Officers from nine forces drafted in to close a short-term gap in Olympics security should be able to be withdrawn “over the coming days”, G4S said today.
The private firm, which has seen its shares dive by as much as 10% following the Games security debacle, said venue security was being tightened "before the full complement of accredited staff have been assigned".
"This situation is being rectified over the coming days, which should lead to the withdrawal of police officers from those roles assigned to private security," a G4S spokesman said.
The spokesman said: "As the games get closer, security is being tightened at venues around the UK, before the full complement of accredited staff have been assigned.
"Some venues are being supported by police in the short-term while the private security workforce is being mobilised.
"We are very grateful to the police for stepping in.
"This situation is being rectified over the coming days, which should lead to the withdrawal of police officers from those roles assigned to private security."
With less than two weeks until the opening ceremony, ministers insisted the Games would be secure and dismissed the firm's failure to provide the promised 10,000 security guards as a "hitch".
But hundreds of police officers are now being deployed, in addition to the 3,500 servicemen and women who were called in last week.
Assistant Commissioner Chris Allison, the National Olympic Security Co-ordinator, said: "Nine venue forces have now deployed police officers to support security regimes at venues in their areas."
The forces involved are Dorset, Surrey, Hertfordshire, Northumbria, South Wales, Strathclyde, West Midlands, Thames Valley and Greater Manchester.
Mr Allison went on: "Whilst some of the activity police officers are undertaking was not anticipated, plans were put in place to allow us to do this.
"Forces are making sure they make the best use of their resources locally to do all they can to minimise the impact on local policing."
He added: "There is a shortfall within G4S. The military have increased their number of military personnel being deployed. We are deploying additional officers consistent with the venue security plan.
"The plan is exactly the same as it was, it is just being delivered by some slightly different people."
But West Midlands Police Federation chairman Ian Edwards said it was "chaos, absolute chaos".
The force has had to provide 150 officers per day to cover a hotel in Warwickshire where footballers are staying, he said.
"The worst-case scenario is that we end up having to find another 200 officers for the security at the City of Coventry stadium, and we've yet to find out what the shortfall is in Birmingham. It's chaos, absolute chaos.
"You shouldn't lose your local police officer because of the Olympics. Communities are suffering because a private company has failed to deliver on a contract."
Clive Chamberlain, chairman of Dorset Police Federation, said so far the Army has covered for the shortfall in G4S staff.
He said: "On a daily basis it's a lottery as to how many staff are going to turn up. The best they've managed is 15% not turning up, and on the worst occasions they have been 59% down. It's a fiasco, it's an absolute debacle.
"My biggest fear is that G4S are now panic-recruiting people to get as many people as they can into the organisation. Two weeks before the Games, we are going to have hundreds or thousands of people that are going to need to be properly vetted, that comes down to the police.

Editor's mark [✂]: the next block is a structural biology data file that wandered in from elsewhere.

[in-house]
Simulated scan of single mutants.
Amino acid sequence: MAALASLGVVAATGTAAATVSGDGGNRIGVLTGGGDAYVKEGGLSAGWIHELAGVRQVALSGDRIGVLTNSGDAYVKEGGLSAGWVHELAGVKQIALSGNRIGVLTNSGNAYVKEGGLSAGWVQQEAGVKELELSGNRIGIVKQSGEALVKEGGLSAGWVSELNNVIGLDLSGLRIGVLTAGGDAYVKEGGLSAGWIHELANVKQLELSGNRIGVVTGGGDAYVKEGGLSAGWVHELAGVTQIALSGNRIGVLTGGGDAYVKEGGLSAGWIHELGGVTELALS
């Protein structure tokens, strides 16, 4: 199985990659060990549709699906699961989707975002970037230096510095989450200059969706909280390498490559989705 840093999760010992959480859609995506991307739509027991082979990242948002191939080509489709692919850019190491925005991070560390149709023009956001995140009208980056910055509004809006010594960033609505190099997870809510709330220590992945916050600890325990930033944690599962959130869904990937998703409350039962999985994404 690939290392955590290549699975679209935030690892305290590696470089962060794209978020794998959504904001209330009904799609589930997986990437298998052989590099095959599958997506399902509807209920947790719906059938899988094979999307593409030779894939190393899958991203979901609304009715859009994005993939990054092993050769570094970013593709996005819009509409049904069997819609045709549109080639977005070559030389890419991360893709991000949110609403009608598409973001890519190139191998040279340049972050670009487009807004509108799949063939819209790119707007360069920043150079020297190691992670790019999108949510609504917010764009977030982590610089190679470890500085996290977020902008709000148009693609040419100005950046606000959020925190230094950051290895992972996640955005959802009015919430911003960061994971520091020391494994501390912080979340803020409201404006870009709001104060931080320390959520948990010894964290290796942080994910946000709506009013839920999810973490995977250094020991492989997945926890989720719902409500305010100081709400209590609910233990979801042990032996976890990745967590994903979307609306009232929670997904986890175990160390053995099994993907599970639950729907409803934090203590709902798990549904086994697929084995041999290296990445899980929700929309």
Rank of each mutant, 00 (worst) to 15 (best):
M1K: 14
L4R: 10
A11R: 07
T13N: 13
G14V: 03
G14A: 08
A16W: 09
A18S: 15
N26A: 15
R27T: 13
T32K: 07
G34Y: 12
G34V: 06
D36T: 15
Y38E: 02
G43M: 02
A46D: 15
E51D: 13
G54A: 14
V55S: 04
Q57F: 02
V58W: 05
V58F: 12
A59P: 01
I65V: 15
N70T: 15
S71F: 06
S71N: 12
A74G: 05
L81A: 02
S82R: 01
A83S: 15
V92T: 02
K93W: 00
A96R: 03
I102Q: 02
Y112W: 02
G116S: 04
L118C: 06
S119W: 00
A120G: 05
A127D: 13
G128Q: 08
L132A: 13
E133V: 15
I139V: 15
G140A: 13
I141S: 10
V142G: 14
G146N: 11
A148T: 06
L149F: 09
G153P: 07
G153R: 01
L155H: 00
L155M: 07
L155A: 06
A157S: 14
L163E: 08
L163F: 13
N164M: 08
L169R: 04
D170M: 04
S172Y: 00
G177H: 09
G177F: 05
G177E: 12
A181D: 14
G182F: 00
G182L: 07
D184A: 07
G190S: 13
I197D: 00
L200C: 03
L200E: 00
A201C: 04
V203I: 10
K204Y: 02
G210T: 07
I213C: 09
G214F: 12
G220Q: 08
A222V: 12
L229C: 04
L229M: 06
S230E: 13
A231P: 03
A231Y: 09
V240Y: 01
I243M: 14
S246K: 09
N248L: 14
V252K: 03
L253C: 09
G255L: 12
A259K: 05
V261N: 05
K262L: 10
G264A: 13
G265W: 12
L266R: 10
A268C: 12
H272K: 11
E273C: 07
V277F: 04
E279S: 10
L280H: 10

"What proper training will they have had before they start? It's very, very worrying."
Assistant chief constable Terry Sweeney, of Greater Manchester Police, said officers were called in to help "with the security operation to protect athletes staying at the main Olympic team hotel in Worsley" yesterday after the force became aware of a shortfall on Saturday.
"At no point was there a failure to provide security for the athletes," he said.
"Extra policing resources have had to be called in, but there has been a minimal impact on policing the local communities that we serve on a daily basis."
Prime Minister David Cameron said the Government had been monitoring potential Olympic problems since it took power.
Deputy Prime Minister Nick Clegg added: "It is being sorted out, it will be sorted out and we will deliver a secure Olympic Games."
Olympics minister Hugh Robertson said: "In terms of the security numbers, I am as confident as I can be at this stage that the problems identified last week and the plans brought forward very quickly to deal with it will result in the delivery of secure and safe Games."
The first competitors are taking up residence in the Athletes' Village for the London Olympics today.
The first of the Olympics Games Lanes also came into operation on the recently repaired and reopened M4, hours after the Government refused to rule out the prospect of drafting in more troops in the wake of the G4S security fiasco.
It emerged yesterday that ministers had been warned 10 months ago in a confidential report by HM Inspectorate of Constabulary (HMIC) about concerns over security.
It was following the HMIC report that a review of security requirements led Locog to increase the number of security guards to be supplied by G4S from 2,000 to 10,400 while the value of the contract more than trebled from £86 million to £284 million.
G4S chief executive Nick Buckles, who is due before the Commons Home Affairs Committee tomorrow, has admitted he may be forced to quit his £830,000-a-year job in the wake of the Olympics debacle.
The FTSE 100 Index firm has admitted that it will incur a loss of up to £50 million on the high-profile contract.
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